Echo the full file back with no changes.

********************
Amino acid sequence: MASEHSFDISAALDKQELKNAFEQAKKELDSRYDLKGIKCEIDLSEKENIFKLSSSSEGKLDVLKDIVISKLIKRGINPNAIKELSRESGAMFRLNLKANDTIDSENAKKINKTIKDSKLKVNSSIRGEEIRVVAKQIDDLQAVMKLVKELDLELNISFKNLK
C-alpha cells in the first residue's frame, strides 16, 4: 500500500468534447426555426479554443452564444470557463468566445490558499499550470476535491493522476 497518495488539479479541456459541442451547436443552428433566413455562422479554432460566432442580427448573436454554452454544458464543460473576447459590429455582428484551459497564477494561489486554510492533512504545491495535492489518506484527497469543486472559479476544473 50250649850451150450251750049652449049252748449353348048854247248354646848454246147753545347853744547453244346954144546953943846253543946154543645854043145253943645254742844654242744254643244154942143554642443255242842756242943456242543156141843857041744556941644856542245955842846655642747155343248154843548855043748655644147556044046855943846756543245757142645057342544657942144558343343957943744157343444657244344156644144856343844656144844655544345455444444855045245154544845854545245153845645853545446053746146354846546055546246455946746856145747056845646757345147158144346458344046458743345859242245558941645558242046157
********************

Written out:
Amino acid sequence: MASEHSFDISAALDKQELKNAFEQAKKELDSRYDLKGIKCEIDLSEKENIFKLSSSSEGKLDVLKDIVISKLIKRGINPNAIKELSRESGAMFRLNLKANDTIDSENAKKINKTIKDSKLKVNSSIRGEEIRVVAKQIDDLQAVMKLVKELDLELNISFKNLK
C-alpha cells in the first residue's frame, strides 16, 4: 500500500468534447426555426479554443452564444470557463468566445490558499499550470476535491493522476 497518495488539479479541456459541442451547436443552428433566413455562422479554432460566432442580427448573436454554452454544458464543460473576447459590429455582428484551459497564477494561489486554510492533512504545491495535492489518506484527497469543486472559479476544473 50250649850451150450251750049652449049252748449353348048854247248354646848454246147753545347853744547453244346954144546953943846253543946154543645854043145253943645254742844654242744254643244154942143554642443255242842756242943456242543156141843857041744556941644856542245955842846655642747155343248154843548855043748655644147556044046855943846756543245757142645057342544657942144558343343957943744157343444657244344156644144856343844656144844655544345455444444855045245154544845854545245153845645853545446053746146354846546055546246455946746856145747056845646757345147158144346458344046458743345859242245558941645558242046157